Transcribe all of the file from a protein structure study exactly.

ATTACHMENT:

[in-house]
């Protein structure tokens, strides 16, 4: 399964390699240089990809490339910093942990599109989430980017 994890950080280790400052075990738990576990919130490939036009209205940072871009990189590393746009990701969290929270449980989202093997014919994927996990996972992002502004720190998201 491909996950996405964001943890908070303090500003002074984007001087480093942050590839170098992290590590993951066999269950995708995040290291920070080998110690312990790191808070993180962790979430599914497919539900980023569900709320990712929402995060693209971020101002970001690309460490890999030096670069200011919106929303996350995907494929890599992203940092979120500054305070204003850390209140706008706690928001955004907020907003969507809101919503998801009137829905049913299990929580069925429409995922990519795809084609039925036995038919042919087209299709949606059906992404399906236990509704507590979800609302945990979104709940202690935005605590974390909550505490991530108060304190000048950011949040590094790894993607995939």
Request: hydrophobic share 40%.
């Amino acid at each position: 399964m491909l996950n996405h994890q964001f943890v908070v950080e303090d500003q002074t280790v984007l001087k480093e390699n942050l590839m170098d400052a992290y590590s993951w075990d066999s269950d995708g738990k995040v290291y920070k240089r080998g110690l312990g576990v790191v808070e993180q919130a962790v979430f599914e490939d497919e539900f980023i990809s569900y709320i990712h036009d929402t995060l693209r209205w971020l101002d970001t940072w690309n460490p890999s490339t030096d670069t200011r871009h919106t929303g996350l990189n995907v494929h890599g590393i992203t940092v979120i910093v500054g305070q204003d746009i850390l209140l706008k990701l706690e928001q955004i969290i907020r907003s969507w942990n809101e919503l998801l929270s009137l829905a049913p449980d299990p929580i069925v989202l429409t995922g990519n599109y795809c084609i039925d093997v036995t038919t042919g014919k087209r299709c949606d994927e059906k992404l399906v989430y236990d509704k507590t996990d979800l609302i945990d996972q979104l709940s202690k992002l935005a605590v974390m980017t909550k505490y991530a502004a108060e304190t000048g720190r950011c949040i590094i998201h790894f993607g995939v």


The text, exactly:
[in-house]
């Protein structure tokens, strides 16, 4: 399964390699240089990809490339910093942990599109989430980017 994890950080280790400052075990738990576990919130490939036009209205940072871009990189590393746009990701969290929270449980989202093997014919994927996990996972992002502004720190998201 491909996950996405964001943890908070303090500003002074984007001087480093942050590839170098992290590590993951066999269950995708995040290291920070080998110690312990790191808070993180962790979430599914497919539900980023569900709320990712929402995060693209971020101002970001690309460490890999030096670069200011919106929303996350995907494929890599992203940092979120500054305070204003850390209140706008706690928001955004907020907003969507809101919503998801009137829905049913299990929580069925429409995922990519795809084609039925036995038919042919087209299709949606059906992404399906236990509704507590979800609302945990979104709940202690935005605590974390909550505490991530108060304190000048950011949040590094790894993607995939």
Request: hydrophobic share 40%.
């Amino acid at each position: 399964m491909l996950n996405h994890q964001f943890v908070v950080e303090d500003q002074t280790v984007l001087k480093e390699n942050l590839m170098d400052a992290y590590s993951w075990d066999s269950d995708g738990k995040v290291y920070k240089r080998g110690l312990g576990v790191v808070e993180q919130a962790v979430f599914e490939d497919e539900f980023i990809s569900y709320i990712h036009d929402t995060l693209r209205w971020l101002d970001t940072w690309n460490p890999s490339t030096d670069t200011r871009h919106t929303g996350l990189n995907v494929h890599g590393i992203t940092v979120i910093v500054g305070q204003d746009i850390l209140l706008k990701l706690e928001q955004i969290i907020r907003s969507w942990n809101e919503l998801l929270s009137l829905a049913p449980d299990p929580i069925v989202l429409t995922g990519n599109y795809c084609i039925d093997v036995t038919t042919g014919k087209r299709c949606d994927e059906k992404l399906v989430y236990d509704k507590t996990d979800l609302i945990d996972q979104l709940s202690k992002l935005a605590v974390m980017t909550k505490y991530a502004a108060e304190t000048g720190r950011c949040i590094i998201h790894f993607g995939v």